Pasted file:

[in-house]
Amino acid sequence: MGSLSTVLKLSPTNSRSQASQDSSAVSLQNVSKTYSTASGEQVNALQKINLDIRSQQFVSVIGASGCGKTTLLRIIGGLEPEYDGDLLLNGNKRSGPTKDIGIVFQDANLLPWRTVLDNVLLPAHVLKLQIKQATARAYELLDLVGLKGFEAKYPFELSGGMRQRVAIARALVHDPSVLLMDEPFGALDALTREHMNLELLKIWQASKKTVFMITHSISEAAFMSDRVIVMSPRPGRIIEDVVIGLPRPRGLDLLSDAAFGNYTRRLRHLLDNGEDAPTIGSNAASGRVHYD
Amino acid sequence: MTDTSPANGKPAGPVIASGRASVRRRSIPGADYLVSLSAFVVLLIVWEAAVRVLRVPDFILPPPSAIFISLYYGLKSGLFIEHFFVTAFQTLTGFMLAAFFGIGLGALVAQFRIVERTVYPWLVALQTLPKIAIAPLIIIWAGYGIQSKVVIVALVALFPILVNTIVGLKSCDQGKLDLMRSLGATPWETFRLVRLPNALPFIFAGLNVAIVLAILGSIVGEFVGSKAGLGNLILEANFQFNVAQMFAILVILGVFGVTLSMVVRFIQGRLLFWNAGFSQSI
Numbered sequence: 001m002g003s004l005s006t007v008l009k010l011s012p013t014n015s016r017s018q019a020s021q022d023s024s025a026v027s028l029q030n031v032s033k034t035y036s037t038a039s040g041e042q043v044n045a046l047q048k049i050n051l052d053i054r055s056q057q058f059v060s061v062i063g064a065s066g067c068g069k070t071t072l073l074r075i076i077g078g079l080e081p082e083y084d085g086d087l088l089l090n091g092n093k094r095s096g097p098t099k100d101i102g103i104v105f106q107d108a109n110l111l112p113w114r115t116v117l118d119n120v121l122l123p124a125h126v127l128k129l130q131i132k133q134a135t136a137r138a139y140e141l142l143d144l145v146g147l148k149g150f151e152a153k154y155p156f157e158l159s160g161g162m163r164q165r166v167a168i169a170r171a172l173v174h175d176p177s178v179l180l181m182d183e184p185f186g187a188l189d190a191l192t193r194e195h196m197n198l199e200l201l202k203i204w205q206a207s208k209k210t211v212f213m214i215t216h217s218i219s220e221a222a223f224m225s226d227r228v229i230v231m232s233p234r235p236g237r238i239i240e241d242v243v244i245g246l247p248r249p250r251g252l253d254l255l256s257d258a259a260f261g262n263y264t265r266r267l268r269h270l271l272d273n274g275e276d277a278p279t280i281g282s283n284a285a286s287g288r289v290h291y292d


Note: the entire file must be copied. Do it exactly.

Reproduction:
[in-house]
Amino acid sequence: MGSLSTVLKLSPTNSRSQASQDSSAVSLQNVSKTYSTASGEQVNALQKINLDIRSQQFVSVIGASGCGKTTLLRIIGGLEPEYDGDLLLNGNKRSGPTKDIGIVFQDANLLPWRTVLDNVLLPAHVLKLQIKQATARAYELLDLVGLKGFEAKYPFELSGGMRQRVAIARALVHDPSVLLMDEPFGALDALTREHMNLELLKIWQASKKTVFMITHSISEAAFMSDRVIVMSPRPGRIIEDVVIGLPRPRGLDLLSDAAFGNYTRRLRHLLDNGEDAPTIGSNAASGRVHYD
Amino acid sequence: MTDTSPANGKPAGPVIASGRASVRRRSIPGADYLVSLSAFVVLLIVWEAAVRVLRVPDFILPPPSAIFISLYYGLKSGLFIEHFFVTAFQTLTGFMLAAFFGIGLGALVAQFRIVERTVYPWLVALQTLPKIAIAPLIIIWAGYGIQSKVVIVALVALFPILVNTIVGLKSCDQGKLDLMRSLGATPWETFRLVRLPNALPFIFAGLNVAIVLAILGSIVGEFVGSKAGLGNLILEANFQFNVAQMFAILVILGVFGVTLSMVVRFIQGRLLFWNAGFSQSI
Numbered sequence: 001m002g003s004l005s006t007v008l009k010l011s012p013t014n015s016r017s018q019a020s021q022d023s024s025a026v027s028l029q030n031v032s033k034t035y036s037t038a039s040g041e042q043v044n045a046l047q048k049i050n051l052d053i054r055s056q057q058f059v060s061v062i063g064a065s066g067c068g069k070t071t072l073l074r075i076i077g078g079l080e081p082e083y084d085g086d087l088l089l090n091g092n093k094r095s096g097p098t099k100d101i102g103i104v105f106q107d108a109n110l111l112p113w114r115t116v117l118d119n120v121l122l123p124a125h126v127l128k129l130q131i132k133q134a135t136a137r138a139y140e141l142l143d144l145v146g147l148k149g150f151e152a153k154y155p156f157e158l159s160g161g162m163r164q165r166v167a168i169a170r171a172l173v174h175d176p177s178v179l180l181m182d183e184p185f186g187a188l189d190a191l192t193r194e195h196m197n198l199e200l201l202k203i204w205q206a207s208k209k210t211v212f213m214i215t216h217s218i219s220e221a222a223f224m225s226d227r228v229i230v231m232s233p234r235p236g237r238i239i240e241d242v243v244i245g246l247p248r249p250r251g252l253d254l255l256s257d258a259a260f261g262n263y264t265r266r267l268r269h270l271l272d273n274g275e276d277a278p279t280i281g282s283n284a285a286s287g288r289v290h291y292d